At the bottom of Thomas Keller was a capacity to absorb himself absolutely in the mundane tasks he performed daily. It began, apparently, at the Palm Beach Yacht Club under the watch of his mom, Betty, as he made hollandaise sauce daily…Every working day, for two years, he never tired of it. On the contrary, he reveled in it; it was the high point of each day. He never took the Hollandaise sauce for granted.

It was never perfect, he never mastered it; if he ever had, the task would have become monotonous, if not unbearable. But instead, he pursued the perfect Hollandaise sauce with relentless intensity, and to this day, he will tell you that he still derives great pleasure from classical emulsion sauces…and that he likewise derives great pleasure from all the tasks he repeats daily.

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I love that last idea from Thomas Keller because it is such a reversal of what I’ve been trying to do. Joy is found in the pursuit of perfection, but not in the attaining of it. As long as you’re in process, there’s room for improvement, for creativity, for innovation. There’s something inspiring about the idea that even when I am doing a good job, there’s always a way to make it a little better.

I’ve been writing about the same goals since I started blogging: hoping to be more organized, more healthy, a better mom, a better homemaker. But I’m starting to realize that the fact that I’m still striving in all these areas isn’t a mark of failure; it’s a sign of life.

Guilt Free Kid TV for the Summer: revised & updated for 2017!

I love pinning those “Screen Free Summer Fun” lists as much as the next person. I know all about audio books, library baskets, sensory play, 48 things to do with masking tape, letting your kids be bored, playdates, water play, kid chores, and busy bags, and all the things. But some most days it seems like we can do all of the above, and it’s only 2:30 and the hottest part of the day is still looming before us. I’m raising the white flag of surrender: summer screens are just going to happen in our house. But that doesn’t make me like the idea of my kids sitting in front of the TV watching Ninjago until their brains are literally oozing out of their ears. (Because, of course, there is no middle ground.)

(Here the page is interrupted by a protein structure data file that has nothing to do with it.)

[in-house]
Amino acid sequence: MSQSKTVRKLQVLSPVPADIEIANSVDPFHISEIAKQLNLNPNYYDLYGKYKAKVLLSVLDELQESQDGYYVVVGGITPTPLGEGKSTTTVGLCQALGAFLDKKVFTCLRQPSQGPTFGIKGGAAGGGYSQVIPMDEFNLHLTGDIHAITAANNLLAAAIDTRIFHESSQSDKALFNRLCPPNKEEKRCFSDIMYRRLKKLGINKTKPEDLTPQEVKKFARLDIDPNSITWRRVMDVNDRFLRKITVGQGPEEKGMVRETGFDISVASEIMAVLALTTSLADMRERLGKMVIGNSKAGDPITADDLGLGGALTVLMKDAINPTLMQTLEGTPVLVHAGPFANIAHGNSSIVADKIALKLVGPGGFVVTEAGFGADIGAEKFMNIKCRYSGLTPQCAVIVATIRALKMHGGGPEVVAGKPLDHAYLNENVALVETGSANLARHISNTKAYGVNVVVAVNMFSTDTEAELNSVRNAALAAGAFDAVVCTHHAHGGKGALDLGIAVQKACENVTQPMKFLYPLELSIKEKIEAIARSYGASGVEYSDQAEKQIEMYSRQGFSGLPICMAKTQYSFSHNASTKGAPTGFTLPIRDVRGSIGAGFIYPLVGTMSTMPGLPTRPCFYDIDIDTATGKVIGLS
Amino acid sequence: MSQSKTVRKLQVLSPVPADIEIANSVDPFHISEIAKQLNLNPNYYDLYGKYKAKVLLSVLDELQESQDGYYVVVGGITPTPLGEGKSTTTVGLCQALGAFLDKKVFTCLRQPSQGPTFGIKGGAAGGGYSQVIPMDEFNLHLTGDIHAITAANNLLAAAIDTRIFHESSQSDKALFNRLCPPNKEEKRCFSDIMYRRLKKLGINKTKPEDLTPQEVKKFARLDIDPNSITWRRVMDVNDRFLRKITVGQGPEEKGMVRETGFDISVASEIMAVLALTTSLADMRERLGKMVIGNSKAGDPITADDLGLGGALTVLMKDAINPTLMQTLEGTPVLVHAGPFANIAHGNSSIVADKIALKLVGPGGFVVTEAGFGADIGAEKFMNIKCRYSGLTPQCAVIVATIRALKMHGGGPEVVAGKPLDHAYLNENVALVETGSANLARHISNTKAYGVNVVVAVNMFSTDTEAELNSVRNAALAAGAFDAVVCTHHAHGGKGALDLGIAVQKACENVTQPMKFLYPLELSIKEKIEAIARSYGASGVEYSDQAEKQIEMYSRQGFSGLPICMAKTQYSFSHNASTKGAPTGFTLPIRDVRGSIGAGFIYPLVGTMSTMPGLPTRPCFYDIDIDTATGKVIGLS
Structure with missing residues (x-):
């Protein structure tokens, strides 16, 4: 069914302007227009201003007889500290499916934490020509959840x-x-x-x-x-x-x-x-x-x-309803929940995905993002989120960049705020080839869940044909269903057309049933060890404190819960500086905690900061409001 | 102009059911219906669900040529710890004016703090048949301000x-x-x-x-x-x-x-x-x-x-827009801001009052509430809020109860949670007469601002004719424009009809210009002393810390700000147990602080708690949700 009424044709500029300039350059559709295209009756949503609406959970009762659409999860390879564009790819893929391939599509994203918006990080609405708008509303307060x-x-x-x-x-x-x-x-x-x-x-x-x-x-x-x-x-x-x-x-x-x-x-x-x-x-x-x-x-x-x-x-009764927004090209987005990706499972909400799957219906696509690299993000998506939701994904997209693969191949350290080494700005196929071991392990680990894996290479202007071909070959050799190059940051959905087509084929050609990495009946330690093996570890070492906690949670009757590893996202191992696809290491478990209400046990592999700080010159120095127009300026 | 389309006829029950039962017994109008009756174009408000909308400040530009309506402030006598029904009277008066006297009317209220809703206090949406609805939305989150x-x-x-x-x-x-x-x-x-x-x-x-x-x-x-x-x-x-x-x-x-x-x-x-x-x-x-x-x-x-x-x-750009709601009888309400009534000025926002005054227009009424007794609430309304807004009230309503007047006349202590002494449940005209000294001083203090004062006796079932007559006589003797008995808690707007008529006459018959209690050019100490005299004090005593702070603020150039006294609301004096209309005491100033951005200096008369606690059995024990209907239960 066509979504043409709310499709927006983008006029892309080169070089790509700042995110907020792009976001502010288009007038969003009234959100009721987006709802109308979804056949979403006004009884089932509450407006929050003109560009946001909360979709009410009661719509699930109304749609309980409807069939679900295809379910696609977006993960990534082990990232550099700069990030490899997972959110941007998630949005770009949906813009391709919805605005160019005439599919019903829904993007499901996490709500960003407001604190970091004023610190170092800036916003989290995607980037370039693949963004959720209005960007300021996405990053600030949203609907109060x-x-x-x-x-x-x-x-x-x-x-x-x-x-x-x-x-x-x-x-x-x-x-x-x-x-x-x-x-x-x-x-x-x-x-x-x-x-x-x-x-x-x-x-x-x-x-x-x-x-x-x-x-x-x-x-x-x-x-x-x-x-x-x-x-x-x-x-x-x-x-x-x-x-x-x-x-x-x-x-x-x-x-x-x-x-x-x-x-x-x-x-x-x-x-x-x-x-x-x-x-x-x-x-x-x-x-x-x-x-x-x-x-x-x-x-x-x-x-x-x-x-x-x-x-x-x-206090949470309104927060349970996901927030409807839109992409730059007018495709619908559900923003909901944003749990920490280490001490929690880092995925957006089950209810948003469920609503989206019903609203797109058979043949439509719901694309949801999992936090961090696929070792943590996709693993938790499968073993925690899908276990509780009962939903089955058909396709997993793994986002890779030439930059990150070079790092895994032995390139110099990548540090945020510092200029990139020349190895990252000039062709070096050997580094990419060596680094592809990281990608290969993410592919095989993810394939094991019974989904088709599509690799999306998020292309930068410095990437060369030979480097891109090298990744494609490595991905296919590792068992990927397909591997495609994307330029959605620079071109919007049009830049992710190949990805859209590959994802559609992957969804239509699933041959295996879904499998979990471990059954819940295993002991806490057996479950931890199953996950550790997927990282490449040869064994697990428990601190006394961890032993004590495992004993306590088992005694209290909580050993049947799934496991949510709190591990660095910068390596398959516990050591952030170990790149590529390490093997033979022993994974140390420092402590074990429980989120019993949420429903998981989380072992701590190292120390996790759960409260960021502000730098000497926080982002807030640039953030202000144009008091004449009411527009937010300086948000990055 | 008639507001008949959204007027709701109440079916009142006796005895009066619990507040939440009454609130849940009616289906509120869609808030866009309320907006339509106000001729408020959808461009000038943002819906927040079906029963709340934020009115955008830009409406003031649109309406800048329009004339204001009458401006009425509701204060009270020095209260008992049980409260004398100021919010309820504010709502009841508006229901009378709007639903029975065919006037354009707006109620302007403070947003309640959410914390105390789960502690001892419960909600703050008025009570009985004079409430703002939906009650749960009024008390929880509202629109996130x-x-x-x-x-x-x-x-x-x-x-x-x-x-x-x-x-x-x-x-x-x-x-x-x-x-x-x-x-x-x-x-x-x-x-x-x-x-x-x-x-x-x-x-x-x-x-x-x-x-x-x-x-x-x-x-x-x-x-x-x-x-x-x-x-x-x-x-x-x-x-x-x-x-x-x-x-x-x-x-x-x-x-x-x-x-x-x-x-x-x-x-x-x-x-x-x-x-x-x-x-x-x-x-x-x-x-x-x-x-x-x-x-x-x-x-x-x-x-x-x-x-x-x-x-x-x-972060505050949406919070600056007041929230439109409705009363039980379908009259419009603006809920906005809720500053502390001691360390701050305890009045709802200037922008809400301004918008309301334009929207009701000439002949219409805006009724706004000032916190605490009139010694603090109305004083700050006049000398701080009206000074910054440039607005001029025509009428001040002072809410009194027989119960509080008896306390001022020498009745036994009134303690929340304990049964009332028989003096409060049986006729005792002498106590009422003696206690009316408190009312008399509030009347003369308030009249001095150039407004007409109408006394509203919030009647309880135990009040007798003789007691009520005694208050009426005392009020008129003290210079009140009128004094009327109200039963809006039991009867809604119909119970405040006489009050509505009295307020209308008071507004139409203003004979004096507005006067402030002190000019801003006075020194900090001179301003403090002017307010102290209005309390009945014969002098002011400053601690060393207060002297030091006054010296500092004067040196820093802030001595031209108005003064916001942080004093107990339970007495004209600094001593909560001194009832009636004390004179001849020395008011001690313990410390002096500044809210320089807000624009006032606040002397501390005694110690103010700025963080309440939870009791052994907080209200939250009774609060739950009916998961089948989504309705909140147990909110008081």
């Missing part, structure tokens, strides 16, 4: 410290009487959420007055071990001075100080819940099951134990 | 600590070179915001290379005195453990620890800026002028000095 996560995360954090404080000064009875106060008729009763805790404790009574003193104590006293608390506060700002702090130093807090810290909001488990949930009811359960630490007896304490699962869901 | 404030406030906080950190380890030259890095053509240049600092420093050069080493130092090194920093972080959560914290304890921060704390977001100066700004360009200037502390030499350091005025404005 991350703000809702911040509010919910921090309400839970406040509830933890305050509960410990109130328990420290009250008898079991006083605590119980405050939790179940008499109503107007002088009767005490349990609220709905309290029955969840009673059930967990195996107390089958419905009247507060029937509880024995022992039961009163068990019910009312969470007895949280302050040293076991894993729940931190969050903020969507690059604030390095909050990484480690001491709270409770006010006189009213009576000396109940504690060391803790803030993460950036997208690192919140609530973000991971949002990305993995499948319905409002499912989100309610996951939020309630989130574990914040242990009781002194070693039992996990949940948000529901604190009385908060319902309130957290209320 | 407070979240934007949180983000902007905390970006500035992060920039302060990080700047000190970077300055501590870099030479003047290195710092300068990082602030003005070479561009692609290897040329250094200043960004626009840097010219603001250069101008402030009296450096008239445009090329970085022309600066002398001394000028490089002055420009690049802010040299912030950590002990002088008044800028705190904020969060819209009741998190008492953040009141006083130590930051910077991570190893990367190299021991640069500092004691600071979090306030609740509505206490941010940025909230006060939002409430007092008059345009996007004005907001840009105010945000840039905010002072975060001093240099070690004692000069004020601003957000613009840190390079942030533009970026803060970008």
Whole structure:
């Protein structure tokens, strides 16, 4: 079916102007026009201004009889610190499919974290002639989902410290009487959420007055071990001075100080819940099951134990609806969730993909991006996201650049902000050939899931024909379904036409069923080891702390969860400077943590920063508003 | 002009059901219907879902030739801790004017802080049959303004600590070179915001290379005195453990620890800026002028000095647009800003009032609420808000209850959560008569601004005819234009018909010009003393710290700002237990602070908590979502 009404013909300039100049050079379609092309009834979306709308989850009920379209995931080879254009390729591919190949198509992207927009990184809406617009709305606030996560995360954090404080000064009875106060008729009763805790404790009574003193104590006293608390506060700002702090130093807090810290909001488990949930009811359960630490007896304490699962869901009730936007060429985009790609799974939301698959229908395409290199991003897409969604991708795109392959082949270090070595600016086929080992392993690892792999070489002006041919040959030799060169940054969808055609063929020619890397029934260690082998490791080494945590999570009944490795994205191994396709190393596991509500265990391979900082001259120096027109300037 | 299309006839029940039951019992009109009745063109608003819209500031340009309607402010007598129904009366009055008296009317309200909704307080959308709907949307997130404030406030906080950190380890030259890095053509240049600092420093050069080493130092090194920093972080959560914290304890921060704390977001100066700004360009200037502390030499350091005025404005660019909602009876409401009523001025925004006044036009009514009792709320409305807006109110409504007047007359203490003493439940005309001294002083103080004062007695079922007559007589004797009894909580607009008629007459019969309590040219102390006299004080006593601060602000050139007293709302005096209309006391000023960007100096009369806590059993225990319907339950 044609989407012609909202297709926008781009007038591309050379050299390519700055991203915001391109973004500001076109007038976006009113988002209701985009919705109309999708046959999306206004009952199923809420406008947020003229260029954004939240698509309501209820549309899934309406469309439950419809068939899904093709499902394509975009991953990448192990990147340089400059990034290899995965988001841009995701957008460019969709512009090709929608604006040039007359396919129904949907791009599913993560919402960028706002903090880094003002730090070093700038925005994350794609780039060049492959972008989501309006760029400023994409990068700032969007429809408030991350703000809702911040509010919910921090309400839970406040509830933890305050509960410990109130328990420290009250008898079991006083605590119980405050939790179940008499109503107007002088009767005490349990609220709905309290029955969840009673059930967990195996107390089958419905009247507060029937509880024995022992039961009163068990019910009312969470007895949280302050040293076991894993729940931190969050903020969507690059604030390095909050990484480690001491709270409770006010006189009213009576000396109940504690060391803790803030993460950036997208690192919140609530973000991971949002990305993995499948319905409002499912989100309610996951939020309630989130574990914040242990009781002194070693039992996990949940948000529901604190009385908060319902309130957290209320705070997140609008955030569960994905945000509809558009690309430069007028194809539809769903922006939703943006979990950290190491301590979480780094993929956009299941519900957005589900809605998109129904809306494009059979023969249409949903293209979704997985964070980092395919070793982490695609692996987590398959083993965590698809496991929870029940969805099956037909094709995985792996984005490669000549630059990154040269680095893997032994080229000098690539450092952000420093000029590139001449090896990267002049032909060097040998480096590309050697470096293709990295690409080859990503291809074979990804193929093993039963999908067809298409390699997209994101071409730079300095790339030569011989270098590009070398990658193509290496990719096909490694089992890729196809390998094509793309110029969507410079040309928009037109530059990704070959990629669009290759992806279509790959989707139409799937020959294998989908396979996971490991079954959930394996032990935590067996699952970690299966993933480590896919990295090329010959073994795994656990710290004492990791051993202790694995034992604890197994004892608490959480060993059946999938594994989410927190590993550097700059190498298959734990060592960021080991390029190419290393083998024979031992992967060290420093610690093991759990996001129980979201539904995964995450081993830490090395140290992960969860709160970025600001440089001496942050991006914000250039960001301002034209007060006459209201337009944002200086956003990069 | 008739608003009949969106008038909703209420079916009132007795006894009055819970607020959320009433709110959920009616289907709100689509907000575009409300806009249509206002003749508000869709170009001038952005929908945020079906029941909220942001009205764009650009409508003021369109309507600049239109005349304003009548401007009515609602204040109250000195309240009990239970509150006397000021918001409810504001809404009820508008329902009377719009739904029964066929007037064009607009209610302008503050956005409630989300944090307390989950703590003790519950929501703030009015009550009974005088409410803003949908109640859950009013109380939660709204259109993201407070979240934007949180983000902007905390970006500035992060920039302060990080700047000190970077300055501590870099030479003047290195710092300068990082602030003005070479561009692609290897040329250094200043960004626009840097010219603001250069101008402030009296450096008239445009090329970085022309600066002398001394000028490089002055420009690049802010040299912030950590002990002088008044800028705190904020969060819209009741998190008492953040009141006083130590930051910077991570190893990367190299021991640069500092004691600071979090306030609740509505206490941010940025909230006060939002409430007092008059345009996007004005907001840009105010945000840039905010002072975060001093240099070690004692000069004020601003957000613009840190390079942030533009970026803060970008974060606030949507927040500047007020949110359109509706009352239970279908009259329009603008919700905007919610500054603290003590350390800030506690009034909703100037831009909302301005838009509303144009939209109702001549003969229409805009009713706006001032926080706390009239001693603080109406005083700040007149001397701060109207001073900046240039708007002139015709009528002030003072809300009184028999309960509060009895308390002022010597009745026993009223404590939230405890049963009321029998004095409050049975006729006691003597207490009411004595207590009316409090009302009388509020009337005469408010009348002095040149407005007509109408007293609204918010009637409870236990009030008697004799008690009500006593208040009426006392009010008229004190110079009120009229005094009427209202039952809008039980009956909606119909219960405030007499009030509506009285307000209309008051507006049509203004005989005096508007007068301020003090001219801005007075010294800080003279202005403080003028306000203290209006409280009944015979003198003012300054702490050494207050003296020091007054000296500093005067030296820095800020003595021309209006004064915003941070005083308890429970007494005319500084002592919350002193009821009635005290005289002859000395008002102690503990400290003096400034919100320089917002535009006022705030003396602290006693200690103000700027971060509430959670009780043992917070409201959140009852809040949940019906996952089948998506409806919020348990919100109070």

But wait! I’ve found a new system, though, that has helped to redeem TV time in my eyes. If you’re a conflicted, guilty TV mom like me, maybe this will be helpful to you, too:

guilt-free kid TV for your summer

Here’s the simple rule: weekday TV is Mom’s choice. There are so many things available online that are educational, or that can broaden my kids’ horizons in some way. (It can be expensive to travel or buy tickets to cultural events, but kids can taste these other worlds through videos and television!)

On their own, my kids wouldn’t usually make these wholesome choices, but when it’s Mom’s pick or nothing, they will usually cooperate. Sometimes they are not interested in what I’ve picked and they’ll drift into the other room (which is fine), but 98% of the time, they stay to watch… AND they like it!

(On the weekends, they get to pick what they watch. It keeps us all happy!)

Obviously, your quality picks will vary based on the ages of your kids (mine are 0-7) and the interests of your family. But to get you started, here are some of the titles that are in my regular rotation. I’ve labeled where we find them: (Y) YouTube, (N) Netflix, (P) Amazon Prime. I have only included things that my kids really enjoyed, unless otherwise noted.

Special Mentions: These began as my wholesome picks, but my kids loved them so much they became year-long obsessions with our whole family.